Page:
I will not miss Kyrie Irving

OPINION: Irving's tenure in Brooklyn was chaotic and pathetic.

Kyrie Irving #11 of the Brooklyn Nets takes a looks on against the Milwaukee Bucks during their game at Barclays Center on January 18, 2020 in New York City. (Photo by Al Bello/Getty Images)

Editor’s note: The following article is an op-ed, and the views expressed are the author’s own. Read more opinions on theGrio.

I am so disappointed by Kyrie Irving. For four seasons, he’s played at the Barclays Center, which is a short walk from my home in Brooklyn, so I got to see him play many times. On the court, he was astounding. The handles, the angles, the speed, the basketball IQ, the body control as he finished near the hoop — he was one of the most thrilling ballplayers I’ve ever seen. It was great to watch him play in New York City, the home of so many streetball legends, because Kyrie played like a streetballer. All that fast dribbling and faking and juking and hesitating and trickery and showmanship made him look like a local streetball player done good. According to the Netflix documentary “Untold: The Rise And Fall of AND1,” he was the apotheosis of the AND1 streetball style. 

I also appreciated, at first, how he seemed to have basketball in perspective. In his mind, it was one of the things he does, not the entirety of who he is, and he demanded the world see him that way. Other players seem so focused on basketball that they don’t feel comfortable speaking on issues beyond ball. Not Kyrie. He was a man of ideas, or so it seemed. Then he said he thought the Earth was flat. When the New York Times pressed him for an answer, he remained coy. Kyrie said, “Can you openly admit that you know the Earth is constitutionally round? Like, you know that for sure? Like, I don’t know. I was never trying to convince anyone that the world is flat. I’m not being an advocate for the world being completely flat. No, I don’t know. I really don’t. It’s fun to think about, though.”

It’s maddening to me to have people take ideas like whether the Earth is round and try to make them into an opportunity to show how they’re open to all ideas no matter where they come from and how they want people to just do their own research. Kyrie plays into both the “alternative facts” movement we see on the right as well as trolling culture that we see everywhere. He later apologized for saying the Earth was flat, but the damage was done — he was forever the guy who said the Earth was flat. There would always be a snicker attached to his name. The idea that the Earth is not round is not particularly dangerous, but the effort to destabilize the truth is actually destructive to society — in that NYTimes interview, the writer quotes a teacher who struggled to prove to her class that the Earth is round because the kids had heard Kyrie’s denial. A world where people argue over basic scientific truths is doomed to fail. Kyrie has said, “Our educational system is flawed,” but it seems like he’s right but he doesn’t realize that he’s one of the people that the educational system has failed.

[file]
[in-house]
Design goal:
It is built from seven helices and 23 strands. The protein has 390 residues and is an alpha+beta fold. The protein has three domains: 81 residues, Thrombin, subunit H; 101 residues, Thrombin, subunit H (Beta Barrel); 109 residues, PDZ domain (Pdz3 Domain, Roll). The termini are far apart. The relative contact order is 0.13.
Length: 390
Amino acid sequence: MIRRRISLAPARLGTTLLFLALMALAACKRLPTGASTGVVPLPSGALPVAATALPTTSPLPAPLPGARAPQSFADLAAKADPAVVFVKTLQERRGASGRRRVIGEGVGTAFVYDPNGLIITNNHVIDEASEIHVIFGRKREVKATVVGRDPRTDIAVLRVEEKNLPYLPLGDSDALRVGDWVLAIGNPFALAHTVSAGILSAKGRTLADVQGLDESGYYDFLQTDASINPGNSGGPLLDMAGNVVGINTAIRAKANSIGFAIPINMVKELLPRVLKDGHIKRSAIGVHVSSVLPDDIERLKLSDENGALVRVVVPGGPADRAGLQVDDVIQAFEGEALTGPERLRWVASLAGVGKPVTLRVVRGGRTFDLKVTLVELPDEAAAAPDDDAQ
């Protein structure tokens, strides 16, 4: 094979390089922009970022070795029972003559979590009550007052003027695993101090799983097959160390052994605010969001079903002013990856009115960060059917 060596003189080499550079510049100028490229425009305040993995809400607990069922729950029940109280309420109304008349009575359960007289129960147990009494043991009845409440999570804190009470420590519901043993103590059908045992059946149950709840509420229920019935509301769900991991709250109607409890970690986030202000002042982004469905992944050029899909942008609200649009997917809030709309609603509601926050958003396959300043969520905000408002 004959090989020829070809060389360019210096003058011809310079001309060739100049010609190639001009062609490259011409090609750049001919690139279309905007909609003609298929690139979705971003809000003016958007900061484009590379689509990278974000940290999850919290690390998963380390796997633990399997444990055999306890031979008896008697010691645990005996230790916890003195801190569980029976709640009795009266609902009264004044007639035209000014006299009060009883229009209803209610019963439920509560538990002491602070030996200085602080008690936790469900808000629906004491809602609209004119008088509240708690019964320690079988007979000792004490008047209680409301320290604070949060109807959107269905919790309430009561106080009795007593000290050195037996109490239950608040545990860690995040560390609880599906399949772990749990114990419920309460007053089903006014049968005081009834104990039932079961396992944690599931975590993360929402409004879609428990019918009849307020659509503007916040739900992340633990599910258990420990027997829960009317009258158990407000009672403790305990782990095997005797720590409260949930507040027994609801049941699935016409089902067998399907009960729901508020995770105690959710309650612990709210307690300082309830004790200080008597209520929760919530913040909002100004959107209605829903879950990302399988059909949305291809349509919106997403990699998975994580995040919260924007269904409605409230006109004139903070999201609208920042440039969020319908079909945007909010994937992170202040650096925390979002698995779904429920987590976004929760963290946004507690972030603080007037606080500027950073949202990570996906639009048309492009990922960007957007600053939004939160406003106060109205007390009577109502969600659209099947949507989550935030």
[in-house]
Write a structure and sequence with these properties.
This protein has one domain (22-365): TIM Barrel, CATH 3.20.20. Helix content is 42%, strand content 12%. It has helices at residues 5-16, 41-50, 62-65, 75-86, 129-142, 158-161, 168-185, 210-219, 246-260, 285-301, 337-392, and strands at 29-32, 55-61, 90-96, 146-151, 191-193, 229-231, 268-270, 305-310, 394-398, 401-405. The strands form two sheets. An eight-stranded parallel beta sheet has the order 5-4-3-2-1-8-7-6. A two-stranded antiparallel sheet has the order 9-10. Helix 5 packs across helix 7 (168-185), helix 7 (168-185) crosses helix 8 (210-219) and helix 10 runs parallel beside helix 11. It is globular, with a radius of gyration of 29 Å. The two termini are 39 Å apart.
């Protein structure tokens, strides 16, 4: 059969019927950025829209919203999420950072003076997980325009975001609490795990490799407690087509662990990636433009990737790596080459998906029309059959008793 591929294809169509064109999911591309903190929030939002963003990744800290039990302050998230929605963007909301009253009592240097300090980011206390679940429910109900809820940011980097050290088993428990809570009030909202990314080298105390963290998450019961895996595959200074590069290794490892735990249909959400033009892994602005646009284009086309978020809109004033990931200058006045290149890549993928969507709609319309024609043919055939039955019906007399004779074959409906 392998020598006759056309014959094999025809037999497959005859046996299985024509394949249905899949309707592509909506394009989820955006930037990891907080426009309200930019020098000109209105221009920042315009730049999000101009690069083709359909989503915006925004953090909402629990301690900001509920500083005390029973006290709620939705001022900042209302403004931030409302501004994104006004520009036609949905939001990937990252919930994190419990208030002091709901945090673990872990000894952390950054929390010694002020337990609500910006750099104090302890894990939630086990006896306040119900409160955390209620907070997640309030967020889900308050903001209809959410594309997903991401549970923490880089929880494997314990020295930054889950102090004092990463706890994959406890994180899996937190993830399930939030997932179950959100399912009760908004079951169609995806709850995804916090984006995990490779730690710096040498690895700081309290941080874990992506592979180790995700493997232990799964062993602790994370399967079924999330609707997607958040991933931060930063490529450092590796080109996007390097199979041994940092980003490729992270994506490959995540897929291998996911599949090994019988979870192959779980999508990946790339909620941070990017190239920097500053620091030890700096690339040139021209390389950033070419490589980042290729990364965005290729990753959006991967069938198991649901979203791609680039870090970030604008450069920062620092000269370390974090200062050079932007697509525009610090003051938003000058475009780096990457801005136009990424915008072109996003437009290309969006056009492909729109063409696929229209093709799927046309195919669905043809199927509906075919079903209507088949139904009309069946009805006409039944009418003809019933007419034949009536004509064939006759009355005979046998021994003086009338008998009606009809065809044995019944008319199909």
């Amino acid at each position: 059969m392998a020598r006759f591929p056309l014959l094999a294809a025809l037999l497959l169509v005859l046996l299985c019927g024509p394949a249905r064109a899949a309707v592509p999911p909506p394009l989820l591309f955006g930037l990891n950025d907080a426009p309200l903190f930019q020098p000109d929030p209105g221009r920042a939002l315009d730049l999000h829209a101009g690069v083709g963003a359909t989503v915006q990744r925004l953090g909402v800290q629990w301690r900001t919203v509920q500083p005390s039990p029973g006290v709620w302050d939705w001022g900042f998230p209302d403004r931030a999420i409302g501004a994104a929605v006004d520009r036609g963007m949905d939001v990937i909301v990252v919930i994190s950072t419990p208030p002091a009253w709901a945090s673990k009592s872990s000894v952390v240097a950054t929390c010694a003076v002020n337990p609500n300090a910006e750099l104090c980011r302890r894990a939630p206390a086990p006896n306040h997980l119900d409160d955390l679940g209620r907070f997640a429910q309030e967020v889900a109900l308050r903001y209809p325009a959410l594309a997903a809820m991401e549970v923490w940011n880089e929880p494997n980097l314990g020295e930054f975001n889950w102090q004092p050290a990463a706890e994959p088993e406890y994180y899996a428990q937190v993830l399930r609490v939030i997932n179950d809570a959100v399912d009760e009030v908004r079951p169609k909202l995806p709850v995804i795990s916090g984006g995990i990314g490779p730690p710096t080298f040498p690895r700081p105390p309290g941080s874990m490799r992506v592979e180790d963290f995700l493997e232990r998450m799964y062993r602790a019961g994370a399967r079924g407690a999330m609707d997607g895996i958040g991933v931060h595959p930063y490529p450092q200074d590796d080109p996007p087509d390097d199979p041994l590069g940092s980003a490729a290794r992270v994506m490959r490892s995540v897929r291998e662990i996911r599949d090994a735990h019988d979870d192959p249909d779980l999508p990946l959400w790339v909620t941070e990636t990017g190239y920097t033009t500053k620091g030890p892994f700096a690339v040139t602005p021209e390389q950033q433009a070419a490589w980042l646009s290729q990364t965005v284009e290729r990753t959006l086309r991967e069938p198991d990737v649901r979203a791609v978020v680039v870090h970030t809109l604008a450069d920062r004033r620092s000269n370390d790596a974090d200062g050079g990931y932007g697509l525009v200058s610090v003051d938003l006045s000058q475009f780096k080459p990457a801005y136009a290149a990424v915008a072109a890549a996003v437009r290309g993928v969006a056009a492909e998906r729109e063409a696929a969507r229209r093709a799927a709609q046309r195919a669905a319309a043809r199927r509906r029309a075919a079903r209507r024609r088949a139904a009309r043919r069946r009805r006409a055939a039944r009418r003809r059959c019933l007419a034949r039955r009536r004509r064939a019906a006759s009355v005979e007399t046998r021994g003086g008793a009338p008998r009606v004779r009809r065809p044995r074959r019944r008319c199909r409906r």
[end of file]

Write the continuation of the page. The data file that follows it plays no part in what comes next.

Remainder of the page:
An unforgettable tweet floated around the internet after the superstar trio of Irving, Kevin Durant and James Harden was assembled by Brooklyn: “The Nets have now acquired all three types of Brooklyn guy; a weirdly skinny guy, a guy with a huge beard, and a guy who’s obsessed with astrology and conspiracy theories.” That hit home because, yeah, it sounded like Brooklyn, but what it really represented was that many people were seeing the red flags. I ignored them. I remained hopeful. Everything was alright. Kyrie was just joking around, right? I mean, he had to be smart, right? He went to Duke! But Kyrie has shown, on many occasions, that he’s far too vulnerable to conspiracy theories. In 2022, on his Instagram page, he shared an old video of Alex Jones claiming the government purposely releases diseases, viruses and plagues.

We heard reports of Kyrie being moody and sometimes difficult to work with, but Brooklyn fans and Nets leadership looked the other way because it seemed like putting him, Durant and Harden together was unfair to the rest of the NBA. Who would have a chance against them? This was a no-brainer championship team, right? Sports fans can forgive almost anything if they think the team is going to win. Winning is the ultimate deodorant.